Could conflict over the Northern Ireland Protocol sink UK-EU research collaboration?
The latest statement and the ‘Swiss precedent’ are not promising.
Since Brexit, the UK has been seeking ‘association status’ in Horizon, the EU’s flagship science and research programme. With a budget of €95.5 billion the scheme enables access to funds and international collaboration between academics and scientists from across the continent.
The process of joining Horizon was previously regarded as a formality. UK-based researchers and institutions have been able to apply for programmes in the meantime with the expectation that the status would be granted.
Recent comments from Mariya Gabriel, the European Commissioner for Research, have, however, thrown this into question. She pointed out wider disagreements between the UK and EU would put research cooperation at risk:
“Association is a thematic subject, and I am confident that we are ready to tackle it as soon as possible, but transversal issues need to be tackled first.
“I think that it is important on our side to confirm our opinion to advance on association, but only after the framework is agreed by both sides.”
In other words, the agreement on Horizon access would have to wait until the UK and EU completed their wider negotiations. At the heart of these disagreements is the Northern Ireland Protocol. So, the implication is that these issues have to be resolved before science and research collaboration could move any further forward.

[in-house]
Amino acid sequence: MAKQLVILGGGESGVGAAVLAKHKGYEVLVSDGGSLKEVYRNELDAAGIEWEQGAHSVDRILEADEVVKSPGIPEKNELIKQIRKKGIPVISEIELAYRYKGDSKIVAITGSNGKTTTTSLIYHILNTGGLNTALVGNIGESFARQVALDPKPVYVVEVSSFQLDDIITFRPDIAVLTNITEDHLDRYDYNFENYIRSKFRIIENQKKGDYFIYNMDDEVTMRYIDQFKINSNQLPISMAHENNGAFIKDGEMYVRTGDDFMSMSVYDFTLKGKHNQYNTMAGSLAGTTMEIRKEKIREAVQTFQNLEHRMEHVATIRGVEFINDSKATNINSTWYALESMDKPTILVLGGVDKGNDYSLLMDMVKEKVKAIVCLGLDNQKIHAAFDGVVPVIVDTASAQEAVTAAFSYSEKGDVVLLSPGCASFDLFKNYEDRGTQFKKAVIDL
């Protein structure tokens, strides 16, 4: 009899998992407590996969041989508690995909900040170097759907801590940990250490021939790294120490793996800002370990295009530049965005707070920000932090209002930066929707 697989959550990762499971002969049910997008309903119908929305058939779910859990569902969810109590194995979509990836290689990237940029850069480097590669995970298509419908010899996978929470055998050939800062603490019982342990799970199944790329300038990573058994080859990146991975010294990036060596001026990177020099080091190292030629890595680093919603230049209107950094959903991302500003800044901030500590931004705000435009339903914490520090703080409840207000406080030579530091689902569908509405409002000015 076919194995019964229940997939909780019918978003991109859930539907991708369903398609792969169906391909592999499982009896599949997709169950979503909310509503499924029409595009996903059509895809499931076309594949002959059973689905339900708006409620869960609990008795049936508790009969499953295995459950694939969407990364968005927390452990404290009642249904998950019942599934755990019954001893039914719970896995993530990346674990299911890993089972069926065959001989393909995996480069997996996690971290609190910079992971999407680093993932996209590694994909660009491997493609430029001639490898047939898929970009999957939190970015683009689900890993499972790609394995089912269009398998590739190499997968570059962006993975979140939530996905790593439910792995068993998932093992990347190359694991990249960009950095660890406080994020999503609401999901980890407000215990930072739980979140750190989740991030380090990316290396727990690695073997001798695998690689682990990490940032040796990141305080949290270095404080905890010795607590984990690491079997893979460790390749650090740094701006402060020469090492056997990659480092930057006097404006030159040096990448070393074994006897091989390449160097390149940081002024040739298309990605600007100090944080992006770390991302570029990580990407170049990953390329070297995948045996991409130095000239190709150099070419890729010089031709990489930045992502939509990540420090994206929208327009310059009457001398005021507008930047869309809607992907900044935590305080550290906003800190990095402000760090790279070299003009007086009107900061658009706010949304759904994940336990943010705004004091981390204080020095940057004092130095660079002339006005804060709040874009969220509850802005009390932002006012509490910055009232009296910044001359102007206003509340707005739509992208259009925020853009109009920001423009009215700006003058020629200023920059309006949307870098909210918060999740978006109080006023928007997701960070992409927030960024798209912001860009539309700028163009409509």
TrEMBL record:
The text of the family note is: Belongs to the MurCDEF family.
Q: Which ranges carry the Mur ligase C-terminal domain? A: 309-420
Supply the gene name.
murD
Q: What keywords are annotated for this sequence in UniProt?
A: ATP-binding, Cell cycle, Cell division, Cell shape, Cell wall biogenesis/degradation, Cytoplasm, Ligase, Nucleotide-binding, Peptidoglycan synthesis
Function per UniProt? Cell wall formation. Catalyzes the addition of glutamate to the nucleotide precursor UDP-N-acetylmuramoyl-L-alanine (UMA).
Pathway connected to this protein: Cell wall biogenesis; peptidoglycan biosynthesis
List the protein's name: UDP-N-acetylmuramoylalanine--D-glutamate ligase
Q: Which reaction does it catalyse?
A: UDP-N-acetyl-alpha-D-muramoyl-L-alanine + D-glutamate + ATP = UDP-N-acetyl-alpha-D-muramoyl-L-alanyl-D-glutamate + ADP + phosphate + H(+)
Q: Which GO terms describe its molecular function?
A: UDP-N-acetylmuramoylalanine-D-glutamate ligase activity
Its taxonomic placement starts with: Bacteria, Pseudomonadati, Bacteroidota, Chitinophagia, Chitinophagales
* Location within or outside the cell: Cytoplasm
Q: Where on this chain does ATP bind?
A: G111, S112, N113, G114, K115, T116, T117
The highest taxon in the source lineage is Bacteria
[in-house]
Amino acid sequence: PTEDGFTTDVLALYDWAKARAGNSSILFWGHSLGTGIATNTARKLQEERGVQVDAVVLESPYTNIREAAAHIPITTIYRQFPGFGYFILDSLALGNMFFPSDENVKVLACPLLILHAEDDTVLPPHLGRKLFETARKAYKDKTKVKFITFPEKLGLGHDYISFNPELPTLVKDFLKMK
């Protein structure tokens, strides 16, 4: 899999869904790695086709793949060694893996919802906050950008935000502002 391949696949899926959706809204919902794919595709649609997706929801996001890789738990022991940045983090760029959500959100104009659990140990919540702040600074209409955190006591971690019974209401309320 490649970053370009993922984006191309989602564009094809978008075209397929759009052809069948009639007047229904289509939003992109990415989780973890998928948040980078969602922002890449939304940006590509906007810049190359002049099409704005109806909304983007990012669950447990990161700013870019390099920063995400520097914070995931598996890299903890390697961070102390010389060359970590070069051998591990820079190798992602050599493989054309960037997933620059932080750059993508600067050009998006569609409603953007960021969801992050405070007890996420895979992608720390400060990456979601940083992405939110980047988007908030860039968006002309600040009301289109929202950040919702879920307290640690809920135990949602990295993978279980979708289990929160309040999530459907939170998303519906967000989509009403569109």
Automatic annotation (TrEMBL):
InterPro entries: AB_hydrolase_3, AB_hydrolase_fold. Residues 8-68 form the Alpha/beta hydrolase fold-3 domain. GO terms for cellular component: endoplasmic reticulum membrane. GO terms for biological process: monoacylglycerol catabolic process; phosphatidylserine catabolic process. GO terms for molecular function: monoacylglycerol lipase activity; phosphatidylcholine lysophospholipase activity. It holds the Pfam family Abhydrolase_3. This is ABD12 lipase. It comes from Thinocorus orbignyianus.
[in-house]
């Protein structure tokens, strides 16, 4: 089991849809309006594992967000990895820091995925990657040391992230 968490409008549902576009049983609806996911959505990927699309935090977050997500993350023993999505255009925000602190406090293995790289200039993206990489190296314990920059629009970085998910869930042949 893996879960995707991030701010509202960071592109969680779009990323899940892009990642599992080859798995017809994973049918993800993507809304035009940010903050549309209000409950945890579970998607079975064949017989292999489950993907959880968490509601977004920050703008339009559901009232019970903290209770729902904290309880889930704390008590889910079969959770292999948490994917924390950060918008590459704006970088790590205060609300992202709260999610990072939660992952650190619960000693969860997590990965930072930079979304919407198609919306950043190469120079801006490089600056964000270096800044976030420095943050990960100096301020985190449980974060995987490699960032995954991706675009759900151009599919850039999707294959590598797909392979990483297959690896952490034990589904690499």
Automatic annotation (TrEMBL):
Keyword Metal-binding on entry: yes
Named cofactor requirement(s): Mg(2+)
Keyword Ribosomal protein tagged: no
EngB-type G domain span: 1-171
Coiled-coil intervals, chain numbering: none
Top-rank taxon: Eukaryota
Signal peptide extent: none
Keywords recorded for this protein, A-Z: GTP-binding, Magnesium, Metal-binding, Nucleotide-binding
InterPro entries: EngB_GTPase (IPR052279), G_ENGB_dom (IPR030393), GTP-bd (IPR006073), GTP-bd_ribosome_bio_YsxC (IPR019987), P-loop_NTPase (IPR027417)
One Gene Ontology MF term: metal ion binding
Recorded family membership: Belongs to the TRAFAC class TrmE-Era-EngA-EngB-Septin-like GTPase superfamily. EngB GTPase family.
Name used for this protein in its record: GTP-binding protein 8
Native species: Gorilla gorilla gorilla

The Swiss precedent
Currently, UK researchers and institutions can still apply for Horizon grants. During the Brexit negotiations, the government had promised to step in and provide funds to successful projects should the UK fallout of the Horizon programme due to a ‘no deal’ exit from the EU. But researchers who have applied for grants will clearly be anxious for this principle to be adhered to again, if the EU suspends the UK from the programme.
Switzerland offers an uncomfortable precedent for the UK’s Horizon problem. The country is currently suspended from the scheme with institutions and researchers unable to apply for funds. This is due to stalled talks over Swiss-EU bilateral relations, and a delay to processing Swiss payments into the Horizon budget. As a result, the Swiss government have had to release €370m in funds to support the continued participation of its researchers in existing projects. So, the Swiss precedent shows that the EU position on the UK should not be read as a bluff.
This is also not the first time that Switzerland has fallen out of Horizon. In 2016, their dispute with the EU centred on freedom of movement (and, specifically, the provision of rights to the nationals of the EU’s newest member, Croatia). Somewhat predictably, it was resolved in the EU’s favour and Switzerland was able to rejoin Horizon.
Unfortunately, UK researchers will likely have to get use to this difficult back and forth in UK-EU talks. It creates, of course, needless uncertainty and underlines the damaging knock-on effects of the Northern Ireland standoff.
October 23, 2021
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